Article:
Also, I think wedding photos and boudoir photos should remain separate. I didn't mean to imply that I think they should go together, because they shouldn't, in my opinion.

Michael Adkins's picture

Don't be a prude. The images above are tastefully done and show love and emotion. Not raw sex. We get that idea. But really, showing intendancy, well we show that in engagement images. But I am only judging from the ones shown above. The ones on the cutting room floor my be totally different.

HEY HEY HEY HEY HEY....

Stop watering down the meaning of NSFW. When I click on NSFW, I want NSFW, dangit!!!!

:)

:)

Undrell Maholmes's picture

Great article! Spot on!

RABBLE-RABBLE-RABBLE-RABBLE-RABBLE...
Someone is still making more money than you.

Chill out guys! I actually like the fact this article being included in the site, that's what makes the site more interesting to read. Not every piece has to be a tutorial, if you hasn't made it by now, some individual thinking and personal artistic style are probably exactly what you need, not learning how to back up photo in Lightroom. Photography is subjective, of course your client can tell you what to shoot, but you can still think what you think right? it's not always about making a living.

And Yes, It's absurd to photograph morning-after! what's next, the "last night"? LOL

You want to remember some experiences you've gone through.
The case is that they should be intimate, personal, private, so their meaning and value cannot be corrupted by people that were not involved in the experience. It is not about being prude. It is about procuring a symbol.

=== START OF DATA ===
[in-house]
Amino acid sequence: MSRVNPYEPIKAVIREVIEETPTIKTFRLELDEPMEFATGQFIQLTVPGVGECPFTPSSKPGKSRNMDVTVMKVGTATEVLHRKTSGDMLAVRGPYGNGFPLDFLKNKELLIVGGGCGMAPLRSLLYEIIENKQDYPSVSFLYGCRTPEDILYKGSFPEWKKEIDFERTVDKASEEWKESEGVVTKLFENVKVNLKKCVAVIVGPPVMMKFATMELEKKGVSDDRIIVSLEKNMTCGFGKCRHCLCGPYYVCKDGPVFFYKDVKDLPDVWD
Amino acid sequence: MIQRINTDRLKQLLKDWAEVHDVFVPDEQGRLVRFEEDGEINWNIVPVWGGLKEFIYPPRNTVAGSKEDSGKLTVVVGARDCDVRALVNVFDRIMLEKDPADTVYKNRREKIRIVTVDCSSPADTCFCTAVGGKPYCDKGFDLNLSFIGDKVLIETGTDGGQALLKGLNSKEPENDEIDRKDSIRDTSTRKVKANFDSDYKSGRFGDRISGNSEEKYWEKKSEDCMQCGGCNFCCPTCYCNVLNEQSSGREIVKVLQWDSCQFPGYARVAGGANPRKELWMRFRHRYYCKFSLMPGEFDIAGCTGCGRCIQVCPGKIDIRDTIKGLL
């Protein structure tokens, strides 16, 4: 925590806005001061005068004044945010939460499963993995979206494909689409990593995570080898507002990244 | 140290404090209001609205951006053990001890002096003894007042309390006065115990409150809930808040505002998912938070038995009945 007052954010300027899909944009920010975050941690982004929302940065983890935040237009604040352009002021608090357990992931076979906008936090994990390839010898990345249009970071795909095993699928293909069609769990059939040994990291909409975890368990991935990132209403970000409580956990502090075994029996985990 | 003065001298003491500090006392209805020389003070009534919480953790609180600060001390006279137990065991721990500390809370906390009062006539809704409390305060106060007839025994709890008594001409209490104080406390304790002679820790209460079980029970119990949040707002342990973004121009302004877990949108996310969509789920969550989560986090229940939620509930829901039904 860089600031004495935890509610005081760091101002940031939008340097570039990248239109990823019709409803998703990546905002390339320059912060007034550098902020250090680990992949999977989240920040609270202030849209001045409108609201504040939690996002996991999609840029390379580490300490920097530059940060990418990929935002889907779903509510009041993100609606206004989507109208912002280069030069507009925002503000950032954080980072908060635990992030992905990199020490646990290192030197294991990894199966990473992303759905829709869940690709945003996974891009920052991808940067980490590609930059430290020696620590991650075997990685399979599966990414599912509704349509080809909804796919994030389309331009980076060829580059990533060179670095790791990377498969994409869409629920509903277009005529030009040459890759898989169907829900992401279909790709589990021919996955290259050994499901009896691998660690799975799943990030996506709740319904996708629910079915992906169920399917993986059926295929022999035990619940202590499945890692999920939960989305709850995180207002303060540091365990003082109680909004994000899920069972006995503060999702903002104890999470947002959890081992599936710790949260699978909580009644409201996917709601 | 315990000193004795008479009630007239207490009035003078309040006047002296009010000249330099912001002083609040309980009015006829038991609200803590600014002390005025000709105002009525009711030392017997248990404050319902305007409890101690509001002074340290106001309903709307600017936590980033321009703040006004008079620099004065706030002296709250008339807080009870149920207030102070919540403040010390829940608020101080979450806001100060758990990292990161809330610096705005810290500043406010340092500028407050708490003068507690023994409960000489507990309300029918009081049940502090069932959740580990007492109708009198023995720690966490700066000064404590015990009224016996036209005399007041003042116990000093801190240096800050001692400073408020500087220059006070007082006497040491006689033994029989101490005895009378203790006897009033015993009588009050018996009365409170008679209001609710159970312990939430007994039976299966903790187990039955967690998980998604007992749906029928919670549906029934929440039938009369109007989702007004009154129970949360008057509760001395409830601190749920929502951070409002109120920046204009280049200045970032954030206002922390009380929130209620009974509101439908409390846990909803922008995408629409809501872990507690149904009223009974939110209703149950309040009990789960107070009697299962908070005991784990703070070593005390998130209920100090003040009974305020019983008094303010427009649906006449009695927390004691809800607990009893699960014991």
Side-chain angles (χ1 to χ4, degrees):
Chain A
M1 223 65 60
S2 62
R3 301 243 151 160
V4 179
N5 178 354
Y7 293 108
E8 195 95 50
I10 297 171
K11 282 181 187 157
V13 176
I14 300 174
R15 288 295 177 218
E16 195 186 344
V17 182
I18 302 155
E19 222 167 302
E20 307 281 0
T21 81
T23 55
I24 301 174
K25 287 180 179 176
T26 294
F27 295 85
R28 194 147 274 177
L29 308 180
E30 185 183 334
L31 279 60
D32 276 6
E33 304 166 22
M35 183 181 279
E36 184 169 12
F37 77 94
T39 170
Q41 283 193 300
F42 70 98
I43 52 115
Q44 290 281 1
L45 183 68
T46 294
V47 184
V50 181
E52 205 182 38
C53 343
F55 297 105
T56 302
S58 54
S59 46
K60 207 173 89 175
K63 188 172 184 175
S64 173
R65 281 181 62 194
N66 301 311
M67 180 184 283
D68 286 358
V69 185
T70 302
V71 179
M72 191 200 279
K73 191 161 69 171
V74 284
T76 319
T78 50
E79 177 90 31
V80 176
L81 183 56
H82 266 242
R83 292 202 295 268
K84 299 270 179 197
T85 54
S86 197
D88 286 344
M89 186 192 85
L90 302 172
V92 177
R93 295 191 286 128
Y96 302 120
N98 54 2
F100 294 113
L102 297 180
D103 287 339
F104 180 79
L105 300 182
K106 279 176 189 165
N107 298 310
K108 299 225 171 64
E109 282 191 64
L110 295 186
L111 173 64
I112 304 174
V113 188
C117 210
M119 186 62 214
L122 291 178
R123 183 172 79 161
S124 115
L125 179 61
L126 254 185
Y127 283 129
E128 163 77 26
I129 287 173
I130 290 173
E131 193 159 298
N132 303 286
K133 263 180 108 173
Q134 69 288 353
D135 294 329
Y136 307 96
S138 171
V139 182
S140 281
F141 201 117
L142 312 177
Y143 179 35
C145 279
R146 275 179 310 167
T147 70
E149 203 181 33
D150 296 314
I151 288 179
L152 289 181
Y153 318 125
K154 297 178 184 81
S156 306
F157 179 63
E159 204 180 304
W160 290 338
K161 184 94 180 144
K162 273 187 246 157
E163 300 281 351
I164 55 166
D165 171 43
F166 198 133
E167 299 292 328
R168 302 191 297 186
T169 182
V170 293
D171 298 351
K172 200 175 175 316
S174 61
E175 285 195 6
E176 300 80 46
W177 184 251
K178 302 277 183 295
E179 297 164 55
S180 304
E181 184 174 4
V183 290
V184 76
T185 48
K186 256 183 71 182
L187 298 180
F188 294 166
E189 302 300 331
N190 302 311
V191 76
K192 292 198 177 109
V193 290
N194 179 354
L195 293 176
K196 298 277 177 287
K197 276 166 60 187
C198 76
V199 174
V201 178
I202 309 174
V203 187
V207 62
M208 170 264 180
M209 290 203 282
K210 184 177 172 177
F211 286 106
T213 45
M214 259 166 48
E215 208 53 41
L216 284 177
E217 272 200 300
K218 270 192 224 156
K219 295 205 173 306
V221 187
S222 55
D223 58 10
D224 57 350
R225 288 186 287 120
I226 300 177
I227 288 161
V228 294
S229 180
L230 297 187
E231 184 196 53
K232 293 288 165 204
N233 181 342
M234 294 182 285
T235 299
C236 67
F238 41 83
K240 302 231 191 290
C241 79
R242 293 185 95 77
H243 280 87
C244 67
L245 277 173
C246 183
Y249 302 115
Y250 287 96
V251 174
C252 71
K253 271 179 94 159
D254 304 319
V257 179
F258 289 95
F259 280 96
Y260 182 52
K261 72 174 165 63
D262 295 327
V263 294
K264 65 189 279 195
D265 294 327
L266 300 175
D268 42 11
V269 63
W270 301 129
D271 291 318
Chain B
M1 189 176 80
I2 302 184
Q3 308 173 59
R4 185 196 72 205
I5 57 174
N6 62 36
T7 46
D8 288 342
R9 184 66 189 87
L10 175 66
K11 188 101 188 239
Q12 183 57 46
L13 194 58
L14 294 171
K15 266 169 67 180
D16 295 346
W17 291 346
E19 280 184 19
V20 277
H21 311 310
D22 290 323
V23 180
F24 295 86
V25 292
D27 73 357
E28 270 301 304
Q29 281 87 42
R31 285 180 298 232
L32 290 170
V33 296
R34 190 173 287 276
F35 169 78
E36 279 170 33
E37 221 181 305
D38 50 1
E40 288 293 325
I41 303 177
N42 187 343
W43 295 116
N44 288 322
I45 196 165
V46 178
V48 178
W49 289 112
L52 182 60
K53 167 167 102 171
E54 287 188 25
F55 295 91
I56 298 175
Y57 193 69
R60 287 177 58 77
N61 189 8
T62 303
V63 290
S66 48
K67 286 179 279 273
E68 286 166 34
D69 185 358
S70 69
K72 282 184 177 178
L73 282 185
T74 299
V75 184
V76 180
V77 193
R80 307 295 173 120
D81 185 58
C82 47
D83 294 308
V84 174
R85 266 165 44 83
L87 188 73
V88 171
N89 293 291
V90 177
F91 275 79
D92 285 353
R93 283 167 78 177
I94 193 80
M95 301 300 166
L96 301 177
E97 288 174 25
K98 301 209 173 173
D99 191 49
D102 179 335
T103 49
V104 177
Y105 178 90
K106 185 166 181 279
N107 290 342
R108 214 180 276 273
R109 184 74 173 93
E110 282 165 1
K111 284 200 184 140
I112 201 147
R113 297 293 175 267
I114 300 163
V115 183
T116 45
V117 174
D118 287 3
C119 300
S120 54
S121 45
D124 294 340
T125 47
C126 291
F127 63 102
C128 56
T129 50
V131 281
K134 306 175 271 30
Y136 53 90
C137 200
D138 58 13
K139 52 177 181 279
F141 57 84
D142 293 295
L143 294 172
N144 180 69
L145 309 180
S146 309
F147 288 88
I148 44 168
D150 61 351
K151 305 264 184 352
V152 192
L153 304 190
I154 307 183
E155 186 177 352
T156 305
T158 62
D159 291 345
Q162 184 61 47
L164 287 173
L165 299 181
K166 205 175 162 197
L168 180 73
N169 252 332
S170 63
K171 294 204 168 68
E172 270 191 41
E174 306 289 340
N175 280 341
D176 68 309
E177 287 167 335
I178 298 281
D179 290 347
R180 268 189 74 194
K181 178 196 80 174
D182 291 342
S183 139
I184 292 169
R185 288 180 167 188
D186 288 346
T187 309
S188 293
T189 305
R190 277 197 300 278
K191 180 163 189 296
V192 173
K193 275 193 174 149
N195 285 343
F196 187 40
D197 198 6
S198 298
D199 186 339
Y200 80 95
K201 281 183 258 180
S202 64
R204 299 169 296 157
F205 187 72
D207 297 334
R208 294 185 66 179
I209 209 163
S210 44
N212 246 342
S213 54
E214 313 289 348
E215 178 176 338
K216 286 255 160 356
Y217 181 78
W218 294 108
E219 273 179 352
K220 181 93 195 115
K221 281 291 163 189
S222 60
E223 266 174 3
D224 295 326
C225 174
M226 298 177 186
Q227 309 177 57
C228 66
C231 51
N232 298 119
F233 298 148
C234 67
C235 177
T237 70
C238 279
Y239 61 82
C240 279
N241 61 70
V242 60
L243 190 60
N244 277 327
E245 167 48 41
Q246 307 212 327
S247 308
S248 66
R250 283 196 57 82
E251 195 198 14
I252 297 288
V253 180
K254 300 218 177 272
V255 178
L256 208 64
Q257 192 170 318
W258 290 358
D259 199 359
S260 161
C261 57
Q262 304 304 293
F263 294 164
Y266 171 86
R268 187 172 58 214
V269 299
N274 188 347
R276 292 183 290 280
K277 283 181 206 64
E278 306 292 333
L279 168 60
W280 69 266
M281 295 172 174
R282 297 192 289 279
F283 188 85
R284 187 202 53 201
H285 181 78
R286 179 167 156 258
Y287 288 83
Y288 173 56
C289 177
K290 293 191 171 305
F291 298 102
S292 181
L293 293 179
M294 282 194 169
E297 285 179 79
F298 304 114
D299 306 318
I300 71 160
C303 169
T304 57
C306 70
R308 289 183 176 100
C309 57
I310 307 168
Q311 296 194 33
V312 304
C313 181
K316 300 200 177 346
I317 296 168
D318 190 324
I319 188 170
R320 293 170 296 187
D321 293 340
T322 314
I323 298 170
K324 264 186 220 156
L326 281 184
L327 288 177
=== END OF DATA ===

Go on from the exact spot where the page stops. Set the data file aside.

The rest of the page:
When, in a future, you look again at those photos, they will mean something to you, and you will recall the experience. When someone was not involved in that experience, they will only see a couple "the day after", and that's the turning point: the very meaning and value will erode: the symbol is destroyed. It is another product in the market that can go from hand to hand.

It is not the act of hiring a photographer (it is up to the couple if they want to be photographed "the day after" or not), it is the act of sharing in social media that empties the symbol. Sharing for approval? Sharing to show off? Sharing for vanity? Sharing because social media "invites" us to do so? Sharing because if we don't share we're not immersed in the trend? Is this last thing what counts as the link and not the experience in a photo?

An aspect of art is to provide a kind of knowledge/experience not accesible readily, but in a lasting way; a kind of knowledge only penetrable to those who "feel" the link. Yes, another aspect is being communal. And that's why music is communal, that's why some bands have asked people to refrain from snapshooting in concerts (aside the economical aspect, of course); that's why some kind of art cannot be understood: perspective, a symbolic form, was not understood for an oriental some centuries ago.

Art is not aesthetics just as asking us to keep the photos "the day after" private is not being prude.